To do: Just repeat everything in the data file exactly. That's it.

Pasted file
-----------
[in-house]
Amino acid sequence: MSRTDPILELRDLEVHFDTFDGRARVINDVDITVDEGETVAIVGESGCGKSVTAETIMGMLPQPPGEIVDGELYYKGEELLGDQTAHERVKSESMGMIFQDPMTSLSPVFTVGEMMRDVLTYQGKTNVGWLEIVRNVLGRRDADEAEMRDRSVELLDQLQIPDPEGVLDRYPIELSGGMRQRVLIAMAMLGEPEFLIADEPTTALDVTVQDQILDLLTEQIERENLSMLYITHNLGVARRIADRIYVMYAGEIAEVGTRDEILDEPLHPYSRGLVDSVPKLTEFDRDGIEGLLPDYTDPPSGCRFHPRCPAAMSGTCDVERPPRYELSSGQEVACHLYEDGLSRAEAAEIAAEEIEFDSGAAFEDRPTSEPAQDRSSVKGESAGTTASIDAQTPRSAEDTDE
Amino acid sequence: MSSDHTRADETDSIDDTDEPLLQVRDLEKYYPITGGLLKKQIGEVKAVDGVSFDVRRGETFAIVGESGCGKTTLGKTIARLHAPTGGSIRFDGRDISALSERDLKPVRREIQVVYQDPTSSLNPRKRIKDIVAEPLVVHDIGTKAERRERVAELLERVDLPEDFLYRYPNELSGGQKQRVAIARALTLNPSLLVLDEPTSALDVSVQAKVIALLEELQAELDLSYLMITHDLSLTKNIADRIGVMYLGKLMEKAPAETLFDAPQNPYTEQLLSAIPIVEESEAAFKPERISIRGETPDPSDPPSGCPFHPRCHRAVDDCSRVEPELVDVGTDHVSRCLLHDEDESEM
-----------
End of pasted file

[in-house]
Amino acid sequence: MSRTDPILELRDLEVHFDTFDGRARVINDVDITVDEGETVAIVGESGCGKSVTAETIMGMLPQPPGEIVDGELYYKGEELLGDQTAHERVKSESMGMIFQDPMTSLSPVFTVGEMMRDVLTYQGKTNVGWLEIVRNVLGRRDADEAEMRDRSVELLDQLQIPDPEGVLDRYPIELSGGMRQRVLIAMAMLGEPEFLIADEPTTALDVTVQDQILDLLTEQIERENLSMLYITHNLGVARRIADRIYVMYAGEIAEVGTRDEILDEPLHPYSRGLVDSVPKLTEFDRDGIEGLLPDYTDPPSGCRFHPRCPAAMSGTCDVERPPRYELSSGQEVACHLYEDGLSRAEAAEIAAEEIEFDSGAAFEDRPTSEPAQDRSSVKGESAGTTASIDAQTPRSAEDTDE
Amino acid sequence: MSSDHTRADETDSIDDTDEPLLQVRDLEKYYPITGGLLKKQIGEVKAVDGVSFDVRRGETFAIVGESGCGKTTLGKTIARLHAPTGGSIRFDGRDISALSERDLKPVRREIQVVYQDPTSSLNPRKRIKDIVAEPLVVHDIGTKAERRERVAELLERVDLPEDFLYRYPNELSGGQKQRVAIARALTLNPSLLVLDEPTSALDVSVQAKVIALLEELQAELDLSYLMITHDLSLTKNIADRIGVMYLGKLMEKAPAETLFDAPQNPYTEQLLSAIPIVEESEAAFKPERISIRGETPDPSDPPSGCPFHPRCHRAVDDCSRVEPELVDVGTDHVSRCLLHDEDESEM